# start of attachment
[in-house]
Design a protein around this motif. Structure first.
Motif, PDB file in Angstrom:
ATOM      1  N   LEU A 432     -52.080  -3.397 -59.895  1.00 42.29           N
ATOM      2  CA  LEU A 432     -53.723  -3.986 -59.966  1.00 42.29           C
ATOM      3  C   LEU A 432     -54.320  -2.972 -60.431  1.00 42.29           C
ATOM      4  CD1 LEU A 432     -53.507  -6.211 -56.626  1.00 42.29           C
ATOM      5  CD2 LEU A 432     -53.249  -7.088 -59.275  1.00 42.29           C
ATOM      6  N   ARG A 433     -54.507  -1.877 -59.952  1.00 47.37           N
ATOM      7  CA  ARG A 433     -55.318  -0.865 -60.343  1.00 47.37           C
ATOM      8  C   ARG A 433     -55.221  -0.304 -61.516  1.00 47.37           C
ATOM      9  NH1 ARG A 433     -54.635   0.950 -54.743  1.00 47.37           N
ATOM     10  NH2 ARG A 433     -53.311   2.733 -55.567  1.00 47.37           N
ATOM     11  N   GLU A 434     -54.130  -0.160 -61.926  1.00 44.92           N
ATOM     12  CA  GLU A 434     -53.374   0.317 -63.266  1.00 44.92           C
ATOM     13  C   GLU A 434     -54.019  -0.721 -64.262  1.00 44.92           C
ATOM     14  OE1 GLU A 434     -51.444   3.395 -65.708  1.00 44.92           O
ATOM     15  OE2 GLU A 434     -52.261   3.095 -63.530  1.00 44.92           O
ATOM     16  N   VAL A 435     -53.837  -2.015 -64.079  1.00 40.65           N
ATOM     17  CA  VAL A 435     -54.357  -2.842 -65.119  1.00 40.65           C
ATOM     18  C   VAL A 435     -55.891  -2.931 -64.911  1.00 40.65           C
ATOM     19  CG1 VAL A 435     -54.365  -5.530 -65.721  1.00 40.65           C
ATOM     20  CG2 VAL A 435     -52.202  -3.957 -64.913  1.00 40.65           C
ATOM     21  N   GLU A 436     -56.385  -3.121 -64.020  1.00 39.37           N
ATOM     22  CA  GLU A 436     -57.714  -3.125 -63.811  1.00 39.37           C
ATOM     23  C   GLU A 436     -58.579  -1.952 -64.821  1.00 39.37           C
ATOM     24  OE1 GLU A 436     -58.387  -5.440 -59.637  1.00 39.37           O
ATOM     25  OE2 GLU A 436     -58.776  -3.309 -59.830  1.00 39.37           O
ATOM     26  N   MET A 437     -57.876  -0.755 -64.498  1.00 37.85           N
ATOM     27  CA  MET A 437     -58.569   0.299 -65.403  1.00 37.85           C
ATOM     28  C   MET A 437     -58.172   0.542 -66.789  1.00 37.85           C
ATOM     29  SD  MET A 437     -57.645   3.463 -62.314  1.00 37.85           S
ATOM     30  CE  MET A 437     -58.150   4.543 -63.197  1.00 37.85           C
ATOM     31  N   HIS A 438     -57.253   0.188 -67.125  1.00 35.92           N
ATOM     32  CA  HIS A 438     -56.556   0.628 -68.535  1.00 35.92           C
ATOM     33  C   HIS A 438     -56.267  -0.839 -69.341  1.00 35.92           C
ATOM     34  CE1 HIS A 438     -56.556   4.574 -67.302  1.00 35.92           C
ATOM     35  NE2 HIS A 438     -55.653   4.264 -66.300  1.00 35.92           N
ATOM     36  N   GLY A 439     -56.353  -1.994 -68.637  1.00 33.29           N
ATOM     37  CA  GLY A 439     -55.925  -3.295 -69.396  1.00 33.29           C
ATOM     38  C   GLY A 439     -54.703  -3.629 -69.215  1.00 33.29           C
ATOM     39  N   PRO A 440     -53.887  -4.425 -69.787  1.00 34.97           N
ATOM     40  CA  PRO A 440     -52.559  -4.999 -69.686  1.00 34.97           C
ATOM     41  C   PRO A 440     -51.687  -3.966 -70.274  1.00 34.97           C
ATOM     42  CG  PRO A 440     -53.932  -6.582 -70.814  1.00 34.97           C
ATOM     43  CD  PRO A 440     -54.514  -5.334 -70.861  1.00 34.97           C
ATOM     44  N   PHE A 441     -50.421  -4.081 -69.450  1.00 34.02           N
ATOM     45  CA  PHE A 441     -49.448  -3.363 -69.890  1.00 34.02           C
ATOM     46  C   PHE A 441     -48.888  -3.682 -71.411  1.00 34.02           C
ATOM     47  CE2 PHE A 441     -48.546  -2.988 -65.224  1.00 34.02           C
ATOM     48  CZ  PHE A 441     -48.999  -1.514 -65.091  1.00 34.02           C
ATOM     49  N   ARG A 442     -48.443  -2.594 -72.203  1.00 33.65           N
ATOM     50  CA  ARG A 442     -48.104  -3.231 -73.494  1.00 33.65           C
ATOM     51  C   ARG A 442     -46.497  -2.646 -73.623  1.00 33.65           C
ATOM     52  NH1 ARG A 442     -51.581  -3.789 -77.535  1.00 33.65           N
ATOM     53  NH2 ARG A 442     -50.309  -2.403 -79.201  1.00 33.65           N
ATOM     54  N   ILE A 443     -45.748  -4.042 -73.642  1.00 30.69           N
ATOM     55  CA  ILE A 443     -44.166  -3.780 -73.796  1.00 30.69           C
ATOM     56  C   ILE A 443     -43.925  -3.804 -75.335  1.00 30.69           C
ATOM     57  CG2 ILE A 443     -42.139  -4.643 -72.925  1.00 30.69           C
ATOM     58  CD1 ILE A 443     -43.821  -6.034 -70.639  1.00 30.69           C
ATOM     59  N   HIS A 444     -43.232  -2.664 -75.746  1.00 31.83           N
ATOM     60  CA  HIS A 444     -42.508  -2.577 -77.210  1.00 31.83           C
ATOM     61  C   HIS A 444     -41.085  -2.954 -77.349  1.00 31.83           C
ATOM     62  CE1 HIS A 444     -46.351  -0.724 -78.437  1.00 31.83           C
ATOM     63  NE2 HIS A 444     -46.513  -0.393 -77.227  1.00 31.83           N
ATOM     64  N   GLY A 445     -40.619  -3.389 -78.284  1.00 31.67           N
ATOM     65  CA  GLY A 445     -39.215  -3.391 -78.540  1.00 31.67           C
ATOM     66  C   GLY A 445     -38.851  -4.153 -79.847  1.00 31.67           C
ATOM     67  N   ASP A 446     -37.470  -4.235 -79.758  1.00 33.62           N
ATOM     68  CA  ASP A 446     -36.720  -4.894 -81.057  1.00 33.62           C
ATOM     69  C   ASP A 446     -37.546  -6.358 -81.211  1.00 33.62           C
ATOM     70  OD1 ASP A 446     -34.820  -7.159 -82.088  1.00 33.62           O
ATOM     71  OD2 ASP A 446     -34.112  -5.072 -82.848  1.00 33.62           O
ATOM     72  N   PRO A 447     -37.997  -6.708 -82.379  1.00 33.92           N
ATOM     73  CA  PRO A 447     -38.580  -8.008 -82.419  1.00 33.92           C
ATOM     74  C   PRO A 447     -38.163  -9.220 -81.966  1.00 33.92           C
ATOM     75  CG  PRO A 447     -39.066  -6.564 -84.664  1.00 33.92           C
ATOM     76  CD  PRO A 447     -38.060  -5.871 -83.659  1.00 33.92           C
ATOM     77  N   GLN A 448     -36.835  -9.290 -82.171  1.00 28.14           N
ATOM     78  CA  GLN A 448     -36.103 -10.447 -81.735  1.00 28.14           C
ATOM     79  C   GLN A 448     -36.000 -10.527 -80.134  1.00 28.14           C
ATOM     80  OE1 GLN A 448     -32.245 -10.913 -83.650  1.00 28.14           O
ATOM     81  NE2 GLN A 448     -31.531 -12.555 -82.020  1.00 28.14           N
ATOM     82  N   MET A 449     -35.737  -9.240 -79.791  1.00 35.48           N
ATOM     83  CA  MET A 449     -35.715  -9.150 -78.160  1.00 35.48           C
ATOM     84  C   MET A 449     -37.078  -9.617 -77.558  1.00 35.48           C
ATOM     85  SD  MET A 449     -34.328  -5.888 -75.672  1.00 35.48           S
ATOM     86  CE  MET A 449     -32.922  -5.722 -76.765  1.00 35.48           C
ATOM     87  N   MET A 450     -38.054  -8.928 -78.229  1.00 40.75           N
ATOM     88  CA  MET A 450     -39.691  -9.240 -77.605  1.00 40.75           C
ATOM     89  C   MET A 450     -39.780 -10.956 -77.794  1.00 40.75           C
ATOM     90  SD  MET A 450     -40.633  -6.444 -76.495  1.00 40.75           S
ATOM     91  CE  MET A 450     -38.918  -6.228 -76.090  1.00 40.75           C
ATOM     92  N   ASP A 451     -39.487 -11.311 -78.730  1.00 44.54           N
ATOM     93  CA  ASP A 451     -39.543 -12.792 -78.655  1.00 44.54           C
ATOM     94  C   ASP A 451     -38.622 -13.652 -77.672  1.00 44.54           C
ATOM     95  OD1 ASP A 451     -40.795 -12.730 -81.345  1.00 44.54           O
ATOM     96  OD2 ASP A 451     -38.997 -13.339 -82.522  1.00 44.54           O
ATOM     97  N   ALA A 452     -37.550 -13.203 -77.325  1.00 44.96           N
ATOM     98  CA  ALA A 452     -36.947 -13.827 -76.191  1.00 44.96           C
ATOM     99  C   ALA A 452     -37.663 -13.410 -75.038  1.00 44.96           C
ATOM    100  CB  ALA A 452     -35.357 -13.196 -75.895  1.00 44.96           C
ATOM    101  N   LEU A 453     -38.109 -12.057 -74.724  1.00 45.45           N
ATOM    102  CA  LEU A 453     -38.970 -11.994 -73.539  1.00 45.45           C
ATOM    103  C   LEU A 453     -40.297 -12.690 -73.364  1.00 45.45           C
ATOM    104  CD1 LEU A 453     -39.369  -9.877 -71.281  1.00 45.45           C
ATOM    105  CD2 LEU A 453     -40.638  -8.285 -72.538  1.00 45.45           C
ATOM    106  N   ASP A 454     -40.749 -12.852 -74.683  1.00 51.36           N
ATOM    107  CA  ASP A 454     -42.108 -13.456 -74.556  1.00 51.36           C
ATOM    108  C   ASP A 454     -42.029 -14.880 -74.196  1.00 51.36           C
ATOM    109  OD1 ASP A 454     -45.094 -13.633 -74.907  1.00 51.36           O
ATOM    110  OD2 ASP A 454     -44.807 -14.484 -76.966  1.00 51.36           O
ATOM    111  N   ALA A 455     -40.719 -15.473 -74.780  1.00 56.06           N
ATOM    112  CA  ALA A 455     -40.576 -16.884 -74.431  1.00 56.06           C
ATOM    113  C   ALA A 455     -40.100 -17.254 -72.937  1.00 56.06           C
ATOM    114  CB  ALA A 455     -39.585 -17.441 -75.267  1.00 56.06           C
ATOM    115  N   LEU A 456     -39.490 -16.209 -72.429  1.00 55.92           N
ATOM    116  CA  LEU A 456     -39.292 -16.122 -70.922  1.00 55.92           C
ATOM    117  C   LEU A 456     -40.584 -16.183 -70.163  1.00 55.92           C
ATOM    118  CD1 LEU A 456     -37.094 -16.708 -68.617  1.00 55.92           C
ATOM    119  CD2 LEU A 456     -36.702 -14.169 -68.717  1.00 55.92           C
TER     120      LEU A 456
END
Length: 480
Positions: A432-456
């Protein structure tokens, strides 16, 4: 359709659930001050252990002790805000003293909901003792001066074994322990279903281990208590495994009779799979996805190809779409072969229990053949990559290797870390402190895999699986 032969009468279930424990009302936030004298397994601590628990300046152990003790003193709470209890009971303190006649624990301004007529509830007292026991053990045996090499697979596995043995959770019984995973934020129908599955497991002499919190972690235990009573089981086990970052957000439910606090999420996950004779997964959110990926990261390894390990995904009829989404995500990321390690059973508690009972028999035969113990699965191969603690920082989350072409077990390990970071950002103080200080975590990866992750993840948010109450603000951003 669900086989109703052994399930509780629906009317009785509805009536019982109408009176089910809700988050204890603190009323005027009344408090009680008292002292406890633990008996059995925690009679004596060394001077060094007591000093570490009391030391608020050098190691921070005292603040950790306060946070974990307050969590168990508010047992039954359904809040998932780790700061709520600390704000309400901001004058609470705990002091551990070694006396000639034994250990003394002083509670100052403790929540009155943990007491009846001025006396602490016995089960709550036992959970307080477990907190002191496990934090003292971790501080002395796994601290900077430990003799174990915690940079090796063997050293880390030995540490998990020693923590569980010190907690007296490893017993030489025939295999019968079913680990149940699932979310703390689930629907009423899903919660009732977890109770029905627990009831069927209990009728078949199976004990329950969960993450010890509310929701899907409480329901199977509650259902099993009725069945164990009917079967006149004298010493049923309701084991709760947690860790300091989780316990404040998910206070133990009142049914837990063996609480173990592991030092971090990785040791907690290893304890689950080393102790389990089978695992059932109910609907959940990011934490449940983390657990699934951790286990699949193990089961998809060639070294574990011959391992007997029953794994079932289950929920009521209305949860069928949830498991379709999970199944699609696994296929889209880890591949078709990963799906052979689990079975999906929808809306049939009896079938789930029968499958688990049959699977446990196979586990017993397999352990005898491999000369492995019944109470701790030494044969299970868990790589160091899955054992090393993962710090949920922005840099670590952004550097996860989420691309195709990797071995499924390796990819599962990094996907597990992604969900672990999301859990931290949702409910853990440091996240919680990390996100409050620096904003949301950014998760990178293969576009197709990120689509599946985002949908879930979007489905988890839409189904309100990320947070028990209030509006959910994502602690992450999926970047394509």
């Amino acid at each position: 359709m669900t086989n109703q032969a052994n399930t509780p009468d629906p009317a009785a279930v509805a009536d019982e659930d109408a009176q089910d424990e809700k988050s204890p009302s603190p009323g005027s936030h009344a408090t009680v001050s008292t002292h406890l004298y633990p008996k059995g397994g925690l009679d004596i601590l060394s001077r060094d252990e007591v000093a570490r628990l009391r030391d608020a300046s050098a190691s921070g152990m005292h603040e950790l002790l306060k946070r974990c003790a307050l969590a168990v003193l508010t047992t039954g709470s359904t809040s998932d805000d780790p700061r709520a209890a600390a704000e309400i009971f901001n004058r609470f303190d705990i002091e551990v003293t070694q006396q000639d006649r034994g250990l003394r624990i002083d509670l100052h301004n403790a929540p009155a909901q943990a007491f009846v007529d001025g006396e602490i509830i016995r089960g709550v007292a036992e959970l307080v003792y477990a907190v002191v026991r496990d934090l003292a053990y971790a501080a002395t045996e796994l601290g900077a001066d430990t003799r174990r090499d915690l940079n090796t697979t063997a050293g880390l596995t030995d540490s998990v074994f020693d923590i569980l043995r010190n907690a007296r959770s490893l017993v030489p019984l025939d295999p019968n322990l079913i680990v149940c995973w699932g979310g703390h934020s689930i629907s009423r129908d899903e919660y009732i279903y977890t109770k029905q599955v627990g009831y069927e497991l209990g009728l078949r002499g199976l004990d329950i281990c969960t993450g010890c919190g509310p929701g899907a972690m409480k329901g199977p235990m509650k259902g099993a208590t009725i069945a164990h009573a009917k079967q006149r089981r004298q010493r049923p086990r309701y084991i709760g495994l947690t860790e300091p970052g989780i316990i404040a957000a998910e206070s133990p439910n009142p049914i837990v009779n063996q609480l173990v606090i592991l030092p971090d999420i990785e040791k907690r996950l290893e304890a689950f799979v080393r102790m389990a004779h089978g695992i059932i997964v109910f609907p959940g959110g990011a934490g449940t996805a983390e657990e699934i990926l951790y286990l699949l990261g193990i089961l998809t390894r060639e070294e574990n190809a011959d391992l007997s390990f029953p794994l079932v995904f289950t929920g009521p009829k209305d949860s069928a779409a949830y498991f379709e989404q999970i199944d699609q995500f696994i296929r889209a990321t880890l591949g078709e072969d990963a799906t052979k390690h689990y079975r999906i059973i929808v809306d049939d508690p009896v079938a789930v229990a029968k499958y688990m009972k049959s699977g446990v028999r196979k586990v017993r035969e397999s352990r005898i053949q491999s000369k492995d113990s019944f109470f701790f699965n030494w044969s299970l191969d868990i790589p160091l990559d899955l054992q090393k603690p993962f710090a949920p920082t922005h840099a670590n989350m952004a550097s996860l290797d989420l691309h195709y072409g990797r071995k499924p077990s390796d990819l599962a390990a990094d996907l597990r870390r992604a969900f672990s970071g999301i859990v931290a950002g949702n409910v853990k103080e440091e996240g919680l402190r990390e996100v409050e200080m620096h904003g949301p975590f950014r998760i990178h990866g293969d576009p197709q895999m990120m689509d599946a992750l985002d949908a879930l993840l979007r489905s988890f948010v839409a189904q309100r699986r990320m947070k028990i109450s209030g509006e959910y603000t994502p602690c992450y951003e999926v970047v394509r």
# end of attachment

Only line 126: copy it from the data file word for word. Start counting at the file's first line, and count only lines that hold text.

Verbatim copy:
Positions: A432-456